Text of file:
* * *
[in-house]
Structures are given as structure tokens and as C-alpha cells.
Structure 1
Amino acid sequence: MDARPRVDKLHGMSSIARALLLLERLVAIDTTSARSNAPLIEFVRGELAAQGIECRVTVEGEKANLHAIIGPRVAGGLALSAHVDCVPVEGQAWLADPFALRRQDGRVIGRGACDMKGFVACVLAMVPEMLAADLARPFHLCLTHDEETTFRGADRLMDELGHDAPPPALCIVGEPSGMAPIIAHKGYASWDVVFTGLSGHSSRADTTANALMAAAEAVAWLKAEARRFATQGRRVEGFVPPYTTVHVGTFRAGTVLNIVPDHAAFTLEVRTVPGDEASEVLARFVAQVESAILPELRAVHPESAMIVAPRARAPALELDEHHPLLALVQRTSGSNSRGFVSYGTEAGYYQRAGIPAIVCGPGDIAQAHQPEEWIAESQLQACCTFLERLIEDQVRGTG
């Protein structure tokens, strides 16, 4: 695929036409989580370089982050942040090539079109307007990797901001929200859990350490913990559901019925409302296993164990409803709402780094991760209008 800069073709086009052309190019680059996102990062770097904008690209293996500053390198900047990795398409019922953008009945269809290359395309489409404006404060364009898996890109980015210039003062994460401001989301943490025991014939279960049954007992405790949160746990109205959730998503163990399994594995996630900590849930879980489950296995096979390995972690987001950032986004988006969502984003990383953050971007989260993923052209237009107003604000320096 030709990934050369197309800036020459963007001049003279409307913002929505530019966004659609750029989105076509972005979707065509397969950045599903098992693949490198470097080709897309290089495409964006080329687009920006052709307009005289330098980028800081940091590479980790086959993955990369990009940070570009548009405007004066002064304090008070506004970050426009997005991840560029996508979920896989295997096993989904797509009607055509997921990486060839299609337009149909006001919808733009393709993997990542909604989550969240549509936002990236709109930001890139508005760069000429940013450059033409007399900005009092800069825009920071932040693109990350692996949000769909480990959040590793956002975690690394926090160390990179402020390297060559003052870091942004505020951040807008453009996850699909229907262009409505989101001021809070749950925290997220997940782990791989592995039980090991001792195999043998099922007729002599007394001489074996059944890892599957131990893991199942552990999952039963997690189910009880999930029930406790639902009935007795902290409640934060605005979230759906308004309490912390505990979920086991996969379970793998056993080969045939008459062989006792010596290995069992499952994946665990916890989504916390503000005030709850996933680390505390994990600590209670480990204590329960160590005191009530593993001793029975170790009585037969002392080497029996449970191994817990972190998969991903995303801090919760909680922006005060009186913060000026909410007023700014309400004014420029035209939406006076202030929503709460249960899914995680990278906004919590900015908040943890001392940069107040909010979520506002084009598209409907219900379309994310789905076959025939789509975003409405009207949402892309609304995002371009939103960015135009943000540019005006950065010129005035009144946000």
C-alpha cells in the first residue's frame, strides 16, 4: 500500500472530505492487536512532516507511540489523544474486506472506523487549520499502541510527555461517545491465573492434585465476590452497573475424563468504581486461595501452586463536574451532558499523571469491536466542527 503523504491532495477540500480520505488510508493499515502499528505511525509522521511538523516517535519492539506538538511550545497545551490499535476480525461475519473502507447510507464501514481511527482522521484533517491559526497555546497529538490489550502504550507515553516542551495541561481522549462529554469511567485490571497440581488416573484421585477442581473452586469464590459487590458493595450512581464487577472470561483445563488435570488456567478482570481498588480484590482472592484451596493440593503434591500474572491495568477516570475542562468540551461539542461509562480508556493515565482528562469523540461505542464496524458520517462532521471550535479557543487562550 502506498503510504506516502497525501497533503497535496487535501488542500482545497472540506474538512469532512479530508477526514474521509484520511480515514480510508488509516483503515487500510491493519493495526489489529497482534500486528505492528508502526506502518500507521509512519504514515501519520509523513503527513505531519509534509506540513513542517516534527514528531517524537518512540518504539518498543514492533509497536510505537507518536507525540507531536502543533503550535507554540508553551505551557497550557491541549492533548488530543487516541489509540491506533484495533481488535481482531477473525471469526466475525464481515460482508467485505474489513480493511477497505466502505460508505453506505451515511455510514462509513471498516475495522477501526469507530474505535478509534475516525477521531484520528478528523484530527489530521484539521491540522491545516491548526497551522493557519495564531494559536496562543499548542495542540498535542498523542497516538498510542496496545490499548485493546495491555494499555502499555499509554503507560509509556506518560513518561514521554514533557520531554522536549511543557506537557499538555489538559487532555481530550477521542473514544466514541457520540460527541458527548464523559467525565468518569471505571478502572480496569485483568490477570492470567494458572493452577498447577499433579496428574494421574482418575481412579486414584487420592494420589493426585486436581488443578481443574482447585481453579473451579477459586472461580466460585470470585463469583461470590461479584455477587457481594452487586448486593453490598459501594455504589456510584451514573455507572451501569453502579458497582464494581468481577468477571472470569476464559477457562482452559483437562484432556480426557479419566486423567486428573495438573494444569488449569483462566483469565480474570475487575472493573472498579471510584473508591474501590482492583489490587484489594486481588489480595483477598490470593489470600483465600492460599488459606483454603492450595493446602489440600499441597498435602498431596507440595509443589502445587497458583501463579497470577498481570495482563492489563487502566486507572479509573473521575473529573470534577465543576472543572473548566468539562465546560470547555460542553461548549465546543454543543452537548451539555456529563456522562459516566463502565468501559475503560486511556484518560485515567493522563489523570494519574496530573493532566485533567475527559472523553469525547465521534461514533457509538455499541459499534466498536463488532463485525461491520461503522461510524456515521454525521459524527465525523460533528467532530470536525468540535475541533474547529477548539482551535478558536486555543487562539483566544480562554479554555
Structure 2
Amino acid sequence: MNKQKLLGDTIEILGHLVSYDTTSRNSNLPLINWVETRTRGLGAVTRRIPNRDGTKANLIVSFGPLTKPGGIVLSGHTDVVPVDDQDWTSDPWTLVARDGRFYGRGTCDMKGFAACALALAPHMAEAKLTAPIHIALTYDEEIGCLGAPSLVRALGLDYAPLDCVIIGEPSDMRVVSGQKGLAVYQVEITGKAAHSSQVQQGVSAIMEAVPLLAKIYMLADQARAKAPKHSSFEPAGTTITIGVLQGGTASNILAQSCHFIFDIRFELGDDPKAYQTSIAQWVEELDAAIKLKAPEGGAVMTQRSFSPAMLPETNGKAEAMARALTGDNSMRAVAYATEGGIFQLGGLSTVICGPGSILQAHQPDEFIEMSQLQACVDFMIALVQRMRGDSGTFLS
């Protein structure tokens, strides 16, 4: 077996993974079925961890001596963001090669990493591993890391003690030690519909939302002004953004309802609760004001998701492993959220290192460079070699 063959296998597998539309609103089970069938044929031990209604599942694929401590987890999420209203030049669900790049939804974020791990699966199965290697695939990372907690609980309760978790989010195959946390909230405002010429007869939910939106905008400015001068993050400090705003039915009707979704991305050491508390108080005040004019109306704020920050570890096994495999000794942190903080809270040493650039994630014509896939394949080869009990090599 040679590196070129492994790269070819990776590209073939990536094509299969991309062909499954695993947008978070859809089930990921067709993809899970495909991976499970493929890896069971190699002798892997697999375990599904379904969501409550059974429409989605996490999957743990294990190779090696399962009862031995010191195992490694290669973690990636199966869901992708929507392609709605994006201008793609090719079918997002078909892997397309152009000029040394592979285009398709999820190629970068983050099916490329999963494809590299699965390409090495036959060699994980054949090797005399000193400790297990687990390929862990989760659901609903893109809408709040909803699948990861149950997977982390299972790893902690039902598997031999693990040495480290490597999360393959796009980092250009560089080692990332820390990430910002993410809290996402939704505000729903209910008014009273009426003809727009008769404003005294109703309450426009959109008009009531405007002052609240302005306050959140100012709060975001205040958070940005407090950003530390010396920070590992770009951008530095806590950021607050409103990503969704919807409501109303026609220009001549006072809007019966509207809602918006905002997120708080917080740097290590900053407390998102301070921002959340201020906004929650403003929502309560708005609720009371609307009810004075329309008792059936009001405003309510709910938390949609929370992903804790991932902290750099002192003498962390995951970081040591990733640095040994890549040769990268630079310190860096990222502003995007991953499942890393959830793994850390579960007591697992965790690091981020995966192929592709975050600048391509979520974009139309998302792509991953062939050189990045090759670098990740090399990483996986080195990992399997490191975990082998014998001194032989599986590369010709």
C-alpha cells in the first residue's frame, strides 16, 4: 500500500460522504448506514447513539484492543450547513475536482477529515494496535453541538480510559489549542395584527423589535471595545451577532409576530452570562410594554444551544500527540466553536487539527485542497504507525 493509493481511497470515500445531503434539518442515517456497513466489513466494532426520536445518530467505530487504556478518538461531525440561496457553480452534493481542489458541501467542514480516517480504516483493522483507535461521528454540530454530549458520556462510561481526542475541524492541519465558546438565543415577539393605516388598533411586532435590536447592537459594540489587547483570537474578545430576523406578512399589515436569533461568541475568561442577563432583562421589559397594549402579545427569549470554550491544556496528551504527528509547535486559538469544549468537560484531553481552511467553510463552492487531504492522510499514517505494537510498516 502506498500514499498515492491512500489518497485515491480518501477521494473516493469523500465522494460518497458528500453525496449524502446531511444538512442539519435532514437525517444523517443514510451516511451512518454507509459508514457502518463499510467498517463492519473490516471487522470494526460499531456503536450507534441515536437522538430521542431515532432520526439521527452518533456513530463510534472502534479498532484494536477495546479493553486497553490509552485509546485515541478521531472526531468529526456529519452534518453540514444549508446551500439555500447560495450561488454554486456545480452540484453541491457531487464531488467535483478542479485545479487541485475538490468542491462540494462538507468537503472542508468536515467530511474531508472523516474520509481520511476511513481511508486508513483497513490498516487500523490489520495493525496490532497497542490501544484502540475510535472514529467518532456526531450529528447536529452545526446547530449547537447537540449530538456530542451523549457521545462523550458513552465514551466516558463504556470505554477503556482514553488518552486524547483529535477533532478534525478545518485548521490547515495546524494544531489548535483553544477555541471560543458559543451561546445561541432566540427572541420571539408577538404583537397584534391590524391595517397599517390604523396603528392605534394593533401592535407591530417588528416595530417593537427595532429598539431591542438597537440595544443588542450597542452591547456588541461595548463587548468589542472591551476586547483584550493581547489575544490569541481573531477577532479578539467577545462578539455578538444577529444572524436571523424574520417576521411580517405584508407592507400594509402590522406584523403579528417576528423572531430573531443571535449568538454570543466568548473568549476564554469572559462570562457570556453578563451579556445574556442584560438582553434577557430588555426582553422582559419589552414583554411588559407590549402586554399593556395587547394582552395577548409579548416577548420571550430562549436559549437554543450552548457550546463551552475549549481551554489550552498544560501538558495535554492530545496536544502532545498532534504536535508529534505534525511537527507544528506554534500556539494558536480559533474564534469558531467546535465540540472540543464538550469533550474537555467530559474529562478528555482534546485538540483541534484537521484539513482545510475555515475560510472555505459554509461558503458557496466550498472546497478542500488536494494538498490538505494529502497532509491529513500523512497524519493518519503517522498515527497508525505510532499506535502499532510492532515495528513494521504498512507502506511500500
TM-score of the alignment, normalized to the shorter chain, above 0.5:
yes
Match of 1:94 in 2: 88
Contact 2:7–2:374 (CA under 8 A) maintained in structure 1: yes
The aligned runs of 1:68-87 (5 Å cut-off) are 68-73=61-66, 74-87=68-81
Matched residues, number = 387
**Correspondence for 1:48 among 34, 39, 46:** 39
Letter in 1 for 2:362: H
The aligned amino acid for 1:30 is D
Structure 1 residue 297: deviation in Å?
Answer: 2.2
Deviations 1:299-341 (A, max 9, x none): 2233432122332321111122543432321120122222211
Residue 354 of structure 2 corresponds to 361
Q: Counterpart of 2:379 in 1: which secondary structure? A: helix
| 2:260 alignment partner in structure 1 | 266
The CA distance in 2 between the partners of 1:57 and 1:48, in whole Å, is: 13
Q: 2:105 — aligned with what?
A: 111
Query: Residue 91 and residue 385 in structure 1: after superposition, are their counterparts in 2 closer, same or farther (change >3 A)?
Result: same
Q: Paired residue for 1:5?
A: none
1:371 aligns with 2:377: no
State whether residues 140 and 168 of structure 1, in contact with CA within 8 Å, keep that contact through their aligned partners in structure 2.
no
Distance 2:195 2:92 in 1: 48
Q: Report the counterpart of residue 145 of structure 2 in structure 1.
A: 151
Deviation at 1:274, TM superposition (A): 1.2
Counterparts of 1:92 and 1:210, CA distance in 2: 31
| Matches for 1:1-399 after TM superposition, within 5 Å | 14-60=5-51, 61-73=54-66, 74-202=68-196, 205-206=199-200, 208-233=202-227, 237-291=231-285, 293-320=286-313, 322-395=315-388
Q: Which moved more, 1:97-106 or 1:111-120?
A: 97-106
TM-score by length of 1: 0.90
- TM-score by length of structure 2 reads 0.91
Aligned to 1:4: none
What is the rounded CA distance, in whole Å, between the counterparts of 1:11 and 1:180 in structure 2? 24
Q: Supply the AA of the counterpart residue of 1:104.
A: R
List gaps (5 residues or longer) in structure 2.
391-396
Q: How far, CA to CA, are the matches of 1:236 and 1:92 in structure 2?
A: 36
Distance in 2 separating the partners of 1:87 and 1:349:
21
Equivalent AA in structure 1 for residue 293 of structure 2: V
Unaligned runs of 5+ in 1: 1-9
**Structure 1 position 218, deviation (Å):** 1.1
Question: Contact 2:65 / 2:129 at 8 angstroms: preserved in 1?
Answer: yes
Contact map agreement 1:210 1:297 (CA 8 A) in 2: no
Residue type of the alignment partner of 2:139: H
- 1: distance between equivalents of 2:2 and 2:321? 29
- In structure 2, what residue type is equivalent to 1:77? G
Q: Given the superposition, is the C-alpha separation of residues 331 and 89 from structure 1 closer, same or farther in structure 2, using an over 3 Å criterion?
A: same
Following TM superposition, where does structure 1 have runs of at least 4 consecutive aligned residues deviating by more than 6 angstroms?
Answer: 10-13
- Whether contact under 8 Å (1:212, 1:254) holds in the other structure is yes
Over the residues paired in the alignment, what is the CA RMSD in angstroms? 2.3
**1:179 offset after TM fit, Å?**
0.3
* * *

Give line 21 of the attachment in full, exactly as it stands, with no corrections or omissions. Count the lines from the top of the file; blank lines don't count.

Answer: 2.2